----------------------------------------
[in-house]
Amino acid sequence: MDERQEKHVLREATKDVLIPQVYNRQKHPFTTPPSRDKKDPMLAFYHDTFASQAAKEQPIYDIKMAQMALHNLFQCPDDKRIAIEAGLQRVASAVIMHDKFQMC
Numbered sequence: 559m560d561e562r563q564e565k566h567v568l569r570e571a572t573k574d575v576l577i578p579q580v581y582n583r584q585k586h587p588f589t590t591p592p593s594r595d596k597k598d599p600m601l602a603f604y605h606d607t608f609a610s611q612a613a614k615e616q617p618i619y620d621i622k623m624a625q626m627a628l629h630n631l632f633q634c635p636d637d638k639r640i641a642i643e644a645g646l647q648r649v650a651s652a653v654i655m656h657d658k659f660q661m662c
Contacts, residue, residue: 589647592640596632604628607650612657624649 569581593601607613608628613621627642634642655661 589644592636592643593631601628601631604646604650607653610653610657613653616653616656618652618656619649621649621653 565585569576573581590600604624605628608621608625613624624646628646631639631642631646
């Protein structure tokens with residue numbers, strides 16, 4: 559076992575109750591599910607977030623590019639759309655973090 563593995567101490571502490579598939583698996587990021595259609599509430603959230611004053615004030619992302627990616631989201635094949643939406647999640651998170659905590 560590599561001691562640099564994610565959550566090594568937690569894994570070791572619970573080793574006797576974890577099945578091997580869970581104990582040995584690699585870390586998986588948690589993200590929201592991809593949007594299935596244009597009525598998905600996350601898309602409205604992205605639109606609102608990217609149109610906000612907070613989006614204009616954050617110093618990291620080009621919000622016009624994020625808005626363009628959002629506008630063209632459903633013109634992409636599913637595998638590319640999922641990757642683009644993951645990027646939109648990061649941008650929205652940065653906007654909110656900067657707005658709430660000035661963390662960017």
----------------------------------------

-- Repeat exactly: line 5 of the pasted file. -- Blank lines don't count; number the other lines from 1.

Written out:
């Protein structure tokens with residue numbers, strides 16, 4: 559076992575109750591599910607977030623590019639759309655973090 563593995567101490571502490579598939583698996587990021595259609599509430603959230611004053615004030619992302627990616631989201635094949643939406647999640651998170659905590 560590599561001691562640099564994610565959550566090594568937690569894994570070791572619970573080793574006797576974890577099945578091997580869970581104990582040995584690699585870390586998986588948690589993200590929201592991809593949007594299935596244009597009525598998905600996350601898309602409205604992205605639109606609102608990217609149109610906000612907070613989006614204009616954050617110093618990291620080009621919000622016009624994020625808005626363009628959002629506008630063209632459903633013109634992409636599913637595998638590319640999922641990757642683009644993951645990027646939109648990061649941008650929205652940065653906007654909110656900067657707005658709430660000035661963390662960017």